After 15 years as a TV reporter with Global and CBC and as news director of RDTV in Red Deer, Duane set out on his own 2008 as a visual storyteller. During this period, he became fascinated with a burgeoning online world and how it could better serve local communities. This fascination led to Todayville, launched in 2016.

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Alberta

From maybe to no: Alberta cabinet ministers give range of answers on replacing Kenney

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By Dean Bennett in Edmonton, Alberta, Canada

The race to replace Jason Kenney as United Conservative Party leader and Alberta premier has two entrants so far along with a number of cabinet ministers who, when asked if they plan to run, delivered answers ranging from maybe to a hard no.

Government house leader and Environment Minister Jason Nixon says he has not ruled out running for the top job but has more thinking to do and, for now, is focused on the spring sitting of the legislature.

“At the end of the day, internal politics are internal politics, but the people of Alberta expect us to come up here and get to work,” Nixon told reporters on his way into the house Tuesday.

“I haven’t ruled anything out (on a leadership bid),” he added. “I’ll be doing what I think is best for the party under the lens of making sure that we stay united and that we defeat the NDP in a year.”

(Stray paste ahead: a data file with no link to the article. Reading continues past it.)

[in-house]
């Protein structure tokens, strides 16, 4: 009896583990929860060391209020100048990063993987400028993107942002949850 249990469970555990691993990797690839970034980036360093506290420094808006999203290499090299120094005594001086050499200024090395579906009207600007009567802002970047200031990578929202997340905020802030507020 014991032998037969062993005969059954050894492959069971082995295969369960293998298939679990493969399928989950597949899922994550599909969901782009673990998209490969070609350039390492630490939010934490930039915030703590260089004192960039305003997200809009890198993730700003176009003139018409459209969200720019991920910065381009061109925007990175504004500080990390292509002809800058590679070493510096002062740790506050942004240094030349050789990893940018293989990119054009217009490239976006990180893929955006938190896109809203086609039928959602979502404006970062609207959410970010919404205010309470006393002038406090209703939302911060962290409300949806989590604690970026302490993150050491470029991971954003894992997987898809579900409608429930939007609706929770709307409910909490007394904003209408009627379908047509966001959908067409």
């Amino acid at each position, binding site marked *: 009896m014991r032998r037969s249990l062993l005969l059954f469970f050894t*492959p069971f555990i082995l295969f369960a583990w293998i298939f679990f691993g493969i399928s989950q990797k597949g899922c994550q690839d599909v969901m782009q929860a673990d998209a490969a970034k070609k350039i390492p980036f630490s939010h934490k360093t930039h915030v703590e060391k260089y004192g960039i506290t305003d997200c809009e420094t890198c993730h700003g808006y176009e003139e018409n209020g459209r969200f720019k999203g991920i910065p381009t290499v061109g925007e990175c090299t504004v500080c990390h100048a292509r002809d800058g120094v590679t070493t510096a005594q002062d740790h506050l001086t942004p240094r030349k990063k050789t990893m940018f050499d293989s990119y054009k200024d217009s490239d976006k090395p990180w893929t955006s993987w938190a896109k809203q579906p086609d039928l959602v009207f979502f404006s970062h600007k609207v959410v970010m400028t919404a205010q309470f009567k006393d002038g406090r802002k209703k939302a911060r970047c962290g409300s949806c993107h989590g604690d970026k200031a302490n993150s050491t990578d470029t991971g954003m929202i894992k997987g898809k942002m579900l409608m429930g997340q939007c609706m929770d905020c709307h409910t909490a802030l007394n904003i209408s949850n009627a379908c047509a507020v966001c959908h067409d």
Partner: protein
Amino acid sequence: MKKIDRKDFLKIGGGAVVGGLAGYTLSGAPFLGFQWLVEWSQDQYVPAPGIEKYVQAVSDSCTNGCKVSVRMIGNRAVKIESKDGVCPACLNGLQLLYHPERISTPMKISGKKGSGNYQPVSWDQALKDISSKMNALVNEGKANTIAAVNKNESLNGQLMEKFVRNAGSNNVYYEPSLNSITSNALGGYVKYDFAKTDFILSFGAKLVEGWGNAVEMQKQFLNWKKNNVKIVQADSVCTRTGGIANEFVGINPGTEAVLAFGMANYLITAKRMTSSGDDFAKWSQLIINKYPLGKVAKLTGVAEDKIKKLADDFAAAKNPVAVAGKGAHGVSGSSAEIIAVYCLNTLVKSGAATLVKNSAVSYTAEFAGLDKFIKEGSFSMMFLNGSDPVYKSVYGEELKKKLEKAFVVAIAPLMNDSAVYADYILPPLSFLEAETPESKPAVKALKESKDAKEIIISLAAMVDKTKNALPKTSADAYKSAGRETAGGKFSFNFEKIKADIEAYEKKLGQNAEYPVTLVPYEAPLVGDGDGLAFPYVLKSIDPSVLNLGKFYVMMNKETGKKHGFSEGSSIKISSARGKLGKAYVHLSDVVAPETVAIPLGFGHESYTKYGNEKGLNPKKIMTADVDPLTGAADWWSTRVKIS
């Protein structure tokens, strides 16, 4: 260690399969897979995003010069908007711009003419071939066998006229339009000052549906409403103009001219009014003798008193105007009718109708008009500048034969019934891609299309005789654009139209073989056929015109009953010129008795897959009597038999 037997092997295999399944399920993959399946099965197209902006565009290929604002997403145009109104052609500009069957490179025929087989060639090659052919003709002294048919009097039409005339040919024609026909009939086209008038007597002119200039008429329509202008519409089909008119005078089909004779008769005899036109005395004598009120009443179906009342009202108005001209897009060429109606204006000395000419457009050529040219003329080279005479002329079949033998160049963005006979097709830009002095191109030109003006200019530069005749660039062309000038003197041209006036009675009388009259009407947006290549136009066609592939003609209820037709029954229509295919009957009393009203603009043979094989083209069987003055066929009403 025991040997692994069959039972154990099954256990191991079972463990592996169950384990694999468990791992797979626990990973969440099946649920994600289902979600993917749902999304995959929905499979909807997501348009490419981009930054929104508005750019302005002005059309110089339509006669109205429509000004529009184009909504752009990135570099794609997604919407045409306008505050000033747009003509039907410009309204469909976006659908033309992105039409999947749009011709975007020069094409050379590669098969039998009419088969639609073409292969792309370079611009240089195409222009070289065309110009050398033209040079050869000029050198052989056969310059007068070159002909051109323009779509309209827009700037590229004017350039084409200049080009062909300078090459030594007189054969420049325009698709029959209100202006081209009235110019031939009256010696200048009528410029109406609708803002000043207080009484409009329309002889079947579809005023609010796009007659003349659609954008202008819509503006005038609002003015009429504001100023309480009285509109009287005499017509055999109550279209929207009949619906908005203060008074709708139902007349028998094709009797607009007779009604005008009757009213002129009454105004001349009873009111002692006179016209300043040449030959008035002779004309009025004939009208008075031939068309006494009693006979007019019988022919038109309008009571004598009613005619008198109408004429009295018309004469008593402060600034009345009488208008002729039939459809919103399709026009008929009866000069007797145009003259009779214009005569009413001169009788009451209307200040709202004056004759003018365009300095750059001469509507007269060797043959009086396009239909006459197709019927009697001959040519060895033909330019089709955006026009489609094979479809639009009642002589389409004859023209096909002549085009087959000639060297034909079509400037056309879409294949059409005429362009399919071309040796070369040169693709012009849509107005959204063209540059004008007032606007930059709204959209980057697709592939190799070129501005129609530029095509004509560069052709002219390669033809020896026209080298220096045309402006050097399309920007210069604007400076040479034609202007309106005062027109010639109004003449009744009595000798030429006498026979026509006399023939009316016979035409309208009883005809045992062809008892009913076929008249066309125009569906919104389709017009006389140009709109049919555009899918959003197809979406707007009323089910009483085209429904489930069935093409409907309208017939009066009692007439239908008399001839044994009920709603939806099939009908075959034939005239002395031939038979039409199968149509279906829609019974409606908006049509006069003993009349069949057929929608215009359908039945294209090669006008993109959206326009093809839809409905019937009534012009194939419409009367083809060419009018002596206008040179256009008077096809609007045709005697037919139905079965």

Transportation Minister Rajan Sawhney said she will consult with her family, constituents and Albertans before deciding.

“I haven’t made up my mind as of yet,” she said.

Finance Minister Travis Toews refused multiple times to say whether he would be running or not running, or whether he’s even considering it at all.

“This week we are focused on the people’s business,” said Toews.

Justice Minister Tyler Shandro said he will not run for the leadership but plans to run again for a seat in Calgary-Acadia in the 2023 provincial election.

“It’s never crossed my mind to run for the leader of any political party,” said Shandro. “I wasn’t sure I wanted to be a politician or MLA in the first place.”